The Game Changer
How to Use the Science of Motivation With the Power of Game Design to Shift Behaviour, Shape Culture and Make Clever Happen!
Dr. Jason Fox is a Melbourne based ‘global authority on motivation strategy and design’ and now an author of his first book The Game Changer.
While doing his doctoral research on motivation science, Fox became frustrated with what he described as ‘warped motivational folklore’. The Game Changer takes a huge swipe at the two major conventions that he believes workplaces and leaders need to avoid and in fact he wants to debunk these two approaches into the dustbin of history of the factory era.
Convention one is to try and shift people’s attitudes and beliefs, by setting goals and through persistence and lots of hard work – but Fox argues this is rarely sustainable and often a whole lot of drudgery.
Convention two is where you develop incentives and rewards through pay for performance to inspire people. This convention requires a lot of money, plus it also causes people to take short cuts while undermining the process and reducing innovation (Daniel Pink, author of Drive has already debunked this myth of incentivisation for higher performance).
Although disturbed by the misuse of these myths in business, Fox simultaneously became totally fascinated by the motivation design and elements of video games. The big question Fox is asking is, can leaders, businesses and workplaces, replicate how the gaming world motivates its players to persist through what should be very frustrating and highly challenging work?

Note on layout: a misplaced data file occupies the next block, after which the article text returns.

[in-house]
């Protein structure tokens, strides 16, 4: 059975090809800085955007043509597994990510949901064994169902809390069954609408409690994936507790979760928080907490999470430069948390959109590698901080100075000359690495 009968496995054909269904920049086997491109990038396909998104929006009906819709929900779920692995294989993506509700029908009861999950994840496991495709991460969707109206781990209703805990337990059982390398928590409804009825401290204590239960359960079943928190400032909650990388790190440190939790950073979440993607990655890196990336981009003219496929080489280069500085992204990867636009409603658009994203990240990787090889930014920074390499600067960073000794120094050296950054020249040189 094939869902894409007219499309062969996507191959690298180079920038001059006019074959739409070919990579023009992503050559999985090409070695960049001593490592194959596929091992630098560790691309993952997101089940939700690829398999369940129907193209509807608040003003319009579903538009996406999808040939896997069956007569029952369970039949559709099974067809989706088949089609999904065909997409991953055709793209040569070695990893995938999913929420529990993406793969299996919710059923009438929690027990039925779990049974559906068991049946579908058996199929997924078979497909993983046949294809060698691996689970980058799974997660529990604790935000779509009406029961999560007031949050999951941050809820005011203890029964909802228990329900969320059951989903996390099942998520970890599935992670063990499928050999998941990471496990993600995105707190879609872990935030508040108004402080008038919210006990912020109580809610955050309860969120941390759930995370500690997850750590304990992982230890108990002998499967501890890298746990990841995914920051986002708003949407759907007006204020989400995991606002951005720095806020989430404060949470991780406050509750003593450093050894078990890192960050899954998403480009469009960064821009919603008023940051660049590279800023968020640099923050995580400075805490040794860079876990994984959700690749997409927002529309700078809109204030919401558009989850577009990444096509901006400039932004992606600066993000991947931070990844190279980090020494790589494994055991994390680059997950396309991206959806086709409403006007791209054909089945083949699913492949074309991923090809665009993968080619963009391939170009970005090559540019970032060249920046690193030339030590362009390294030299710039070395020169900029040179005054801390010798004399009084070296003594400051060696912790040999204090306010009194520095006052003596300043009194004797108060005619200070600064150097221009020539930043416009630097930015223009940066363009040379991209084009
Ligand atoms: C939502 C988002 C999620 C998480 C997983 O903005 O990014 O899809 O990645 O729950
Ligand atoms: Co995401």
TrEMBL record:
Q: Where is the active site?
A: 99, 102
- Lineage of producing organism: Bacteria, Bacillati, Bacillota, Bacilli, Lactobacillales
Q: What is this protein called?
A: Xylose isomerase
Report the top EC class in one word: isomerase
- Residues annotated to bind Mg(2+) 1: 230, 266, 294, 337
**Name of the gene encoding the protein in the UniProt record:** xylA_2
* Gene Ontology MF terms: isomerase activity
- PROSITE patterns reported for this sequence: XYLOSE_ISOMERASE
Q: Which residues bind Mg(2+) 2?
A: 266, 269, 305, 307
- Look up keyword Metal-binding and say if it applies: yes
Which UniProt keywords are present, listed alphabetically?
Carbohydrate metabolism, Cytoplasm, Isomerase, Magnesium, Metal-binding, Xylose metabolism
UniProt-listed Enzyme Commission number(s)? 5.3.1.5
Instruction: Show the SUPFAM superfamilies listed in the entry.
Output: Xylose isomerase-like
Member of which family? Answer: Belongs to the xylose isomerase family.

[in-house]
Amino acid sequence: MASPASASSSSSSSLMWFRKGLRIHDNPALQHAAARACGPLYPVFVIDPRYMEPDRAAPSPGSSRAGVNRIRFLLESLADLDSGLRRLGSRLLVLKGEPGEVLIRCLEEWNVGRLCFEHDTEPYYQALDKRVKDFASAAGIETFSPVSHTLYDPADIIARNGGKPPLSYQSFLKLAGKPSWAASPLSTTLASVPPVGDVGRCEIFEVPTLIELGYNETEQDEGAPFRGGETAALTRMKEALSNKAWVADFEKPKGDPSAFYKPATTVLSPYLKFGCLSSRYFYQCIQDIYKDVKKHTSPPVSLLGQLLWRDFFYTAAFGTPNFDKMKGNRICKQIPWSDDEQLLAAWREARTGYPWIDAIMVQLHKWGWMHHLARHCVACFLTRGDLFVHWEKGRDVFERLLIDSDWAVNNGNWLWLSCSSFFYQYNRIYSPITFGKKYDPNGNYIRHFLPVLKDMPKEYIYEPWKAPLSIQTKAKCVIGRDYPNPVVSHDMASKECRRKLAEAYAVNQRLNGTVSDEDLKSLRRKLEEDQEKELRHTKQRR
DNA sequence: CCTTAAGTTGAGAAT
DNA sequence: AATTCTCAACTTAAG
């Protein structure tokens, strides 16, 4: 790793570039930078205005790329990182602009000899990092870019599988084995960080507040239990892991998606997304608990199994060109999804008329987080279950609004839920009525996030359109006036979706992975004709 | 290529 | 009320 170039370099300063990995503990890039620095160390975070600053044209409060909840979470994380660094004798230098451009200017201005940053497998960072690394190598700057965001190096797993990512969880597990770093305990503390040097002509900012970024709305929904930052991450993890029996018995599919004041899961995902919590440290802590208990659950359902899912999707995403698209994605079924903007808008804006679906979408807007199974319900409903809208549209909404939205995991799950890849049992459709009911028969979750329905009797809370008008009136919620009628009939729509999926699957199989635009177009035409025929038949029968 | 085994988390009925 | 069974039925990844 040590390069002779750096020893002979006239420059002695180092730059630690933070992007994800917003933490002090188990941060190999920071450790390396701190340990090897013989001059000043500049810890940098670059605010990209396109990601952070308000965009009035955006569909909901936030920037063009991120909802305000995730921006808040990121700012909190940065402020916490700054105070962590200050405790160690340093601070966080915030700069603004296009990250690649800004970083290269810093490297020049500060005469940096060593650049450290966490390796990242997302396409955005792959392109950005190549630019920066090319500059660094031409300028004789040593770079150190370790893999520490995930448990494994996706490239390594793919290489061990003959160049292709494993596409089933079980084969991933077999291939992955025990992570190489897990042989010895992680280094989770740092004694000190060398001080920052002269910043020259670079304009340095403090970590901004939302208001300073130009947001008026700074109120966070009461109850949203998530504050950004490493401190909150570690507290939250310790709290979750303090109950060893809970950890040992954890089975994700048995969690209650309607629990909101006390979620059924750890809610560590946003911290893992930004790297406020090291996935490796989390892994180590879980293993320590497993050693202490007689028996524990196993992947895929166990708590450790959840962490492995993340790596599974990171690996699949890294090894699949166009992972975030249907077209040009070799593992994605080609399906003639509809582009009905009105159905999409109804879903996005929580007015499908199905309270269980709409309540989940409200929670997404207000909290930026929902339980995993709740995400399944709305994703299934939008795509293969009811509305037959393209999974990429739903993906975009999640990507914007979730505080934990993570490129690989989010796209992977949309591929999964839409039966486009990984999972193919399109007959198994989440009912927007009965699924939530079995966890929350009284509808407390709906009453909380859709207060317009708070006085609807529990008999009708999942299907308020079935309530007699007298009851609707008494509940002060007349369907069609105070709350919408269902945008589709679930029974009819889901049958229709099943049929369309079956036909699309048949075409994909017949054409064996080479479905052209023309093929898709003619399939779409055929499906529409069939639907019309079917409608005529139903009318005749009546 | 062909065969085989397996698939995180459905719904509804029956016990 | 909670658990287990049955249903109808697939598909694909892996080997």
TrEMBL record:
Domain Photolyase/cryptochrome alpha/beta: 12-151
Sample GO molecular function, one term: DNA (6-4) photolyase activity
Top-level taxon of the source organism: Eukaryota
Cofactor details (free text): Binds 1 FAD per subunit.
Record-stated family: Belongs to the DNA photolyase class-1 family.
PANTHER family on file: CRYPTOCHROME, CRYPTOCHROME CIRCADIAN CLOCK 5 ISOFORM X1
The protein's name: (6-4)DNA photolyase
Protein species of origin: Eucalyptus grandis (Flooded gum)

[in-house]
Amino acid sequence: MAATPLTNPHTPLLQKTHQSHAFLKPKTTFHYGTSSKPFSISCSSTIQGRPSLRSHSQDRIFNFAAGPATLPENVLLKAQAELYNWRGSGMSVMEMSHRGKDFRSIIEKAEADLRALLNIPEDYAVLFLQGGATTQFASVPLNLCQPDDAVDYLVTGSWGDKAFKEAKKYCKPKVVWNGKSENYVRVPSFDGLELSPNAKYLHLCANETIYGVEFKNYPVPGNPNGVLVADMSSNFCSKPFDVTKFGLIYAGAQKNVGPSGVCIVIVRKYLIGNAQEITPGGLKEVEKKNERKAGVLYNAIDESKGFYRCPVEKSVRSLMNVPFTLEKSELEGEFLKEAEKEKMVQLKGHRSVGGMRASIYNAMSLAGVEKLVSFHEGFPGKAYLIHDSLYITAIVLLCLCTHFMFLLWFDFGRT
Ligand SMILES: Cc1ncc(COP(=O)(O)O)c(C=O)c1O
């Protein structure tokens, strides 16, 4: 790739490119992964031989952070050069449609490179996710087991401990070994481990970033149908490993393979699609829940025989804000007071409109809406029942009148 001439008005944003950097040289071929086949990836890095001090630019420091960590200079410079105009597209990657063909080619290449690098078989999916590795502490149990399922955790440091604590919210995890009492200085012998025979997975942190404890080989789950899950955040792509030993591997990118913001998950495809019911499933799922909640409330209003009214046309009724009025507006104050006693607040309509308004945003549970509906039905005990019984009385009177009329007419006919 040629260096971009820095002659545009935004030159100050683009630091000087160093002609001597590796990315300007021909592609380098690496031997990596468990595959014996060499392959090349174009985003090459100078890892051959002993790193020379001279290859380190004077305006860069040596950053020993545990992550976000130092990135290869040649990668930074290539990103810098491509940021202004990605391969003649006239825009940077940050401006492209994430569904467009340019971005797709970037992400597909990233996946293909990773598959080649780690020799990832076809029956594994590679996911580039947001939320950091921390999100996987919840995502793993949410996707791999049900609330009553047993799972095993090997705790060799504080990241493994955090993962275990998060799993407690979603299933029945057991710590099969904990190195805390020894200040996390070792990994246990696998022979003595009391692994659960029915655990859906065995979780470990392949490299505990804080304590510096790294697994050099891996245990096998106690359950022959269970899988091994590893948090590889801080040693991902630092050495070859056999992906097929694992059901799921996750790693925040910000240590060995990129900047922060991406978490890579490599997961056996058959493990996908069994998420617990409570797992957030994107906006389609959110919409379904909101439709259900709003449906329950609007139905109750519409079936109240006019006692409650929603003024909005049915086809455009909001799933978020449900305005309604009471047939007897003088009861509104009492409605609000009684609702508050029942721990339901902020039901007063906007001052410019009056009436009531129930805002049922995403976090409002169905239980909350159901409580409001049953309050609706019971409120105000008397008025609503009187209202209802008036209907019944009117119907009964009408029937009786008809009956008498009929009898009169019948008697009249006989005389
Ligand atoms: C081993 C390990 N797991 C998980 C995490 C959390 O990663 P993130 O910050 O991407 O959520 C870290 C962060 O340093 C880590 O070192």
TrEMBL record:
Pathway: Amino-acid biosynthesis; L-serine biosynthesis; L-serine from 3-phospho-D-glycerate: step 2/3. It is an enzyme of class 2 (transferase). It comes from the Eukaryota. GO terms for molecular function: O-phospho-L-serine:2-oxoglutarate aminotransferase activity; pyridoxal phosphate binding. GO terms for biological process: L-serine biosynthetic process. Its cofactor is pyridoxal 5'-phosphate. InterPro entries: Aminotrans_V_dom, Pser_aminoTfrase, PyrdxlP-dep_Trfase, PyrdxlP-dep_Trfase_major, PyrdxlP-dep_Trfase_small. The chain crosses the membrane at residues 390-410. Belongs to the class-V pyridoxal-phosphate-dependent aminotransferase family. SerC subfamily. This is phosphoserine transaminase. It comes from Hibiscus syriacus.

Fox argues, very convincingly, that yes we can replicate the gaming world in business and not only can we now design our processes to be inherently motivating, but we need to urgently adopt this new third way of leading through workplace design. This, he compels us, is the only real way to positively influence behaviour and drive progress in your organisation, through better work and project design.
His book is divided into three main parts as he takes us through what he believes are the best elements of:
Motivation science – where he flips conventional assumptions and gives us the new science of motivation.
Game design – the power of game design on keeping people engaged.
Agile management – where he uses game changing elements to shift behaviour fast to shape a better future culture.
The concept of harnessing the power and rules of ‘gaming’ for motivation into the workplace is not new. Jane McGonigal’s TED presentation on ‘gaming can make a better world’ brought the power of gaming to the world in 2010.
What Fox does so well is package up the three elements of motivation, game design and agile change into a very digestible and practical book for leaders, that is both provocative and inspiring.
This makes his book feel very cutting edge in its approach, plus it irreverently sticks it’s thumb up to the old school approach of motivation and change in the workplace – ironically, he does call on several of the classic motivational change authors to argue his case!
The Game Changer, I believe, is going to be that uber hipster book that every contemporary leader wants to and should read. Plus it’s a great read for managers looking to recalibrate their approach to motivation, with loads of advice and concepts to allow your people and team to be agile and innovative, while using a gaming approach for sustainable results.
To stay ahead of the game, and to make great things happen, we need to change the way we design our projects and processes so we can sustain and amplify the desire or motivation, to do great things.
Book review by:
Richard Dore - MD, Proteus Leadership